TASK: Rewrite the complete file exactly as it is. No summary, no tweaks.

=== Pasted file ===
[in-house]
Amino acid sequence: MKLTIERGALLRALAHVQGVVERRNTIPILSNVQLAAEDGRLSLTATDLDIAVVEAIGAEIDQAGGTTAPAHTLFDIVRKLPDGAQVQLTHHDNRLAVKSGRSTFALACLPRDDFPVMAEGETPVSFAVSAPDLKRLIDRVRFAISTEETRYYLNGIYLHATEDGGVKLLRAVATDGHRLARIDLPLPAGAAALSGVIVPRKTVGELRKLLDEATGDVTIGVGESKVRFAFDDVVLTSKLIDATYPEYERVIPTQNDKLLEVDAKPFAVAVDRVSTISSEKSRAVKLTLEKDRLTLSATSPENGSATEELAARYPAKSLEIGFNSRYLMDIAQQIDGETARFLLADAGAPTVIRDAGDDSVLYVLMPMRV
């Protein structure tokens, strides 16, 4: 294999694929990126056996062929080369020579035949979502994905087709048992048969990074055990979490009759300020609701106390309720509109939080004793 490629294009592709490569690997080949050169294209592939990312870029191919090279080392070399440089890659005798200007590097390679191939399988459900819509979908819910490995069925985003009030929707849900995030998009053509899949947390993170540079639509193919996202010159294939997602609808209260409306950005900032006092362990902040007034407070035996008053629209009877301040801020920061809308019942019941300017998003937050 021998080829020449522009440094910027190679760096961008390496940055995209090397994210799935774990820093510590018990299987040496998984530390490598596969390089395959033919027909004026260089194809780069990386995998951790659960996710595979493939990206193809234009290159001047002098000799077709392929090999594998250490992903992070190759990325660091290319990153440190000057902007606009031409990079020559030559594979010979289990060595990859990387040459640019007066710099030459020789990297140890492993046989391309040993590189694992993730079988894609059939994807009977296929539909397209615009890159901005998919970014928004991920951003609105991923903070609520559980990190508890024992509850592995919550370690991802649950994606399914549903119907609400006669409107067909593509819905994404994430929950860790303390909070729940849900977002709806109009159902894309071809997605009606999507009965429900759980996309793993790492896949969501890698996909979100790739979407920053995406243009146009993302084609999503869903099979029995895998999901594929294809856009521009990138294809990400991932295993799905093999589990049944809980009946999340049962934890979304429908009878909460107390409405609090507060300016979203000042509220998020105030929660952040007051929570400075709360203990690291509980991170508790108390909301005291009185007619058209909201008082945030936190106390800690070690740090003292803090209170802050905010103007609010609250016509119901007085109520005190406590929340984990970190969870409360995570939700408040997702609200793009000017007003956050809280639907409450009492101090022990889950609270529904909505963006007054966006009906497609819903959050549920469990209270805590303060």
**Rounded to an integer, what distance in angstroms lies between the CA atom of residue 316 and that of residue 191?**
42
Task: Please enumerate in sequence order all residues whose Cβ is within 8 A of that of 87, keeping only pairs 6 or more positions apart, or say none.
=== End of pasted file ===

[in-house]
Amino acid sequence: MKLTIERGALLRALAHVQGVVERRNTIPILSNVQLAAEDGRLSLTATDLDIAVVEAIGAEIDQAGGTTAPAHTLFDIVRKLPDGAQVQLTHHDNRLAVKSGRSTFALACLPRDDFPVMAEGETPVSFAVSAPDLKRLIDRVRFAISTEETRYYLNGIYLHATEDGGVKLLRAVATDGHRLARIDLPLPAGAAALSGVIVPRKTVGELRKLLDEATGDVTIGVGESKVRFAFDDVVLTSKLIDATYPEYERVIPTQNDKLLEVDAKPFAVAVDRVSTISSEKSRAVKLTLEKDRLTLSATSPENGSATEELAARYPAKSLEIGFNSRYLMDIAQQIDGETARFLLADAGAPTVIRDAGDDSVLYVLMPMRV
């Protein structure tokens, strides 16, 4: 294999694929990126056996062929080369020579035949979502994905087709048992048969990074055990979490009759300020609701106390309720509109939080004793 490629294009592709490569690997080949050169294209592939990312870029191919090279080392070399440089890659005798200007590097390679191939399988459900819509979908819910490995069925985003009030929707849900995030998009053509899949947390993170540079639509193919996202010159294939997602609808209260409306950005900032006092362990902040007034407070035996008053629209009877301040801020920061809308019942019941300017998003937050 021998080829020449522009440094910027190679760096961008390496940055995209090397994210799935774990820093510590018990299987040496998984530390490598596969390089395959033919027909004026260089194809780069990386995998951790659960996710595979493939990206193809234009290159001047002098000799077709392929090999594998250490992903992070190759990325660091290319990153440190000057902007606009031409990079020559030559594979010979289990060595990859990387040459640019007066710099030459020789990297140890492993046989391309040993590189694992993730079988894609059939994807009977296929539909397209615009890159901005998919970014928004991920951003609105991923903070609520559980990190508890024992509850592995919550370690991802649950994606399914549903119907609400006669409107067909593509819905994404994430929950860790303390909070729940849900977002709806109009159902894309071809997605009606999507009965429900759980996309793993790492896949969501890698996909979100790739979407920053995406243009146009993302084609999503869903099979029995895998999901594929294809856009521009990138294809990400991932295993799905093999589990049944809980009946999340049962934890979304429908009878909460107390409405609090507060300016979203000042509220998020105030929660952040007051929570400075709360203990690291509980991170508790108390909301005291009185007619058209909201008082945030936190106390800690070690740090003292803090209170802050905010103007609010609250016509119901007085109520005190406590929340984990970190969870409360995570939700408040997702609200793009000017007003956050809280639907409450009492101090022990889950609270529904909505963006007054966006009906497609819903959050549920469990209270805590303060």
**Rounded to an integer, what distance in angstroms lies between the CA atom of residue 316 and that of residue 191?**
42
Task: Please enumerate in sequence order all residues whose Cβ is within 8 A of that of 87, keeping only pairs 6 or more positions apart, or say none.